The Court ruled that Scott’s case shouldn’t have been even heard under the Constitution, as Scott was not a citizen.

It also declared the Missouri Compromise unconstitutional because Congress lacked the power to ban slavery in U.



It was only the second time the Court had ruled something the Congress did unconstitutional.

Justice Roger Taney wrote the majority opinion.

“In the opinion of the court, the legislation and histories of the times, and the language used in the Declaration of Independence, show, that neither the class of persons who had been imported as slaves, nor their descendants, whether they had become free or not, were then acknowledged as a part of the people.

” Dang, Taney, that’s messed up.

The Court also ruled slaves as “property, ” adding that the Fifth Amendment prevents Congress from taking property away from individuals without just compensation.

Although Taney hoped this ruling would finally settle the slavery controversy, it actually just made things worse.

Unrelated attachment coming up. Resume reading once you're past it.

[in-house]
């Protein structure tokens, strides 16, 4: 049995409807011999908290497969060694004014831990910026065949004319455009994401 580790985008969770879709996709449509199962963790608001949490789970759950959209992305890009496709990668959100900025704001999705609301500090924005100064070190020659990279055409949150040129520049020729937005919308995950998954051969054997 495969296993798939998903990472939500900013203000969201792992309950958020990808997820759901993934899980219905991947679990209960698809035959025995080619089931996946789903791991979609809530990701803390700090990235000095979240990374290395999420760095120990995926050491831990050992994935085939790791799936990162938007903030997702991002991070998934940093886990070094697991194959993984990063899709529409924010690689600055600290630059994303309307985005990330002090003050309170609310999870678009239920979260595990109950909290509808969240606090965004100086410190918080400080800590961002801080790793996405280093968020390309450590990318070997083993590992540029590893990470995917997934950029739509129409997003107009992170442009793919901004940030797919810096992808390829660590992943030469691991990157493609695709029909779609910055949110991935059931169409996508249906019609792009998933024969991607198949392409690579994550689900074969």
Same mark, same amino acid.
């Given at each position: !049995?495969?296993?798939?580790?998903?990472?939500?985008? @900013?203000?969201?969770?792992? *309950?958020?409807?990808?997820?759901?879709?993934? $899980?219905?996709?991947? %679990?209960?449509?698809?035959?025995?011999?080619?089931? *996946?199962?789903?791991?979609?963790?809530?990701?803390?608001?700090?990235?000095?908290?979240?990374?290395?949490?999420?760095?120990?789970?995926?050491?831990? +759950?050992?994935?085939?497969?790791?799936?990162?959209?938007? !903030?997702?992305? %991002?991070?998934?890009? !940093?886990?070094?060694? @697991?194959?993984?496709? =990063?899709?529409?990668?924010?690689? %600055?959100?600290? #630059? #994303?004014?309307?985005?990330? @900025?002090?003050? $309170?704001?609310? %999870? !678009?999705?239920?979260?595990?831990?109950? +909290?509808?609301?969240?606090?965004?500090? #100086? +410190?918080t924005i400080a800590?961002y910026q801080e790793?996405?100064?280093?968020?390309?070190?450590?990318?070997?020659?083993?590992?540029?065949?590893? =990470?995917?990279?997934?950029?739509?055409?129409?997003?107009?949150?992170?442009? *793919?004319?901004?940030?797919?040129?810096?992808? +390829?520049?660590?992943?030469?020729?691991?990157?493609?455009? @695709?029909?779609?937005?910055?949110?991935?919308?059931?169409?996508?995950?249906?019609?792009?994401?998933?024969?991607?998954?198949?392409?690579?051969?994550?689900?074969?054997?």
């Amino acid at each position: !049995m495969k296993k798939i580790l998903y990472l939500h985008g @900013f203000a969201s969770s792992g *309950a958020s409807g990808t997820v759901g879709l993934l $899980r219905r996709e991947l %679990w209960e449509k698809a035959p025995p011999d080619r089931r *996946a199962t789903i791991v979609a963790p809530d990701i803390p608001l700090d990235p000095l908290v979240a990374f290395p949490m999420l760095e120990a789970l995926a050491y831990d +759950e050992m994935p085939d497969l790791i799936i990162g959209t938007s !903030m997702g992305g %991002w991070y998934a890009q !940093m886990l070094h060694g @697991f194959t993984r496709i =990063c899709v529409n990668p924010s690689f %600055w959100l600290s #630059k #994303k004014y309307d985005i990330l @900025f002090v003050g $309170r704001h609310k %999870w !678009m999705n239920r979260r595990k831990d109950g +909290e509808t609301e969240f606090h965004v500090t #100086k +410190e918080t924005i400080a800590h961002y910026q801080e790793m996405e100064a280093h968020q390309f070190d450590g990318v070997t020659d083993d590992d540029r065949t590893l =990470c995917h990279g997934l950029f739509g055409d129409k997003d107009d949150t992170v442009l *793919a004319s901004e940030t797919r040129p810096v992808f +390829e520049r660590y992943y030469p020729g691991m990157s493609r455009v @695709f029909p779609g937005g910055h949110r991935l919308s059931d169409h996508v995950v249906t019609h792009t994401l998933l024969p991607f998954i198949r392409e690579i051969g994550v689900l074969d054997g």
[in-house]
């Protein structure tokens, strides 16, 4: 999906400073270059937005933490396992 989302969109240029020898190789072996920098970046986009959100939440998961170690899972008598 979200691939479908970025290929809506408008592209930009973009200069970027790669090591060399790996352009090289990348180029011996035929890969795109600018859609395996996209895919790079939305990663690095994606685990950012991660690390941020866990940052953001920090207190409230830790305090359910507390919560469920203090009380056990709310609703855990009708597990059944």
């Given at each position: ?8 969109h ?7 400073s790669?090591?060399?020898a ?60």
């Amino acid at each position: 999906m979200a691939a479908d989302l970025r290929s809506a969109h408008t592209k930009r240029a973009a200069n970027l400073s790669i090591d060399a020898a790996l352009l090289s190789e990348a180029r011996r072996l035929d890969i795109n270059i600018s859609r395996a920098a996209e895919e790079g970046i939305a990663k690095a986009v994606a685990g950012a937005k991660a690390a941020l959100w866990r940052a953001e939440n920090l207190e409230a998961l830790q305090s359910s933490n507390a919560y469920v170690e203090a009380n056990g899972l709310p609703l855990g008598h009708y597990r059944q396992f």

It even caused one justice, justice Benjamin Robbins Curtis, to quit the court.

The anti-slavery movement in the North grew much bigger due to this ruling.

The decision further divided the country, proving to be a major cause of the Civil War.

Many historians say what is more commonly known as The Dred Scott Decision is the worst Supreme Court ruling in American history.

They especially like to talk trash about Roger Taney, who comes across as a horrible racist with this one.

Following the Civil War, the 13th, 14th, and 15th Amendments, as well as the the Civil Rights Act of 1866, all directly overturned the decision.

However, Dred Scott never lived to see that.

Although it’s not completely a sad ending for him and his family.

The Scotts were freed anyway just a couple months after the Supreme Court’s decision.

Scott got a job working at a St.

Louis hotel where he actually made MONEY.

Unfortunately, though, he didn’t get long to enjoy his freedom, as he died the next year.

I'll see you for the next Supreme Court case, jury!.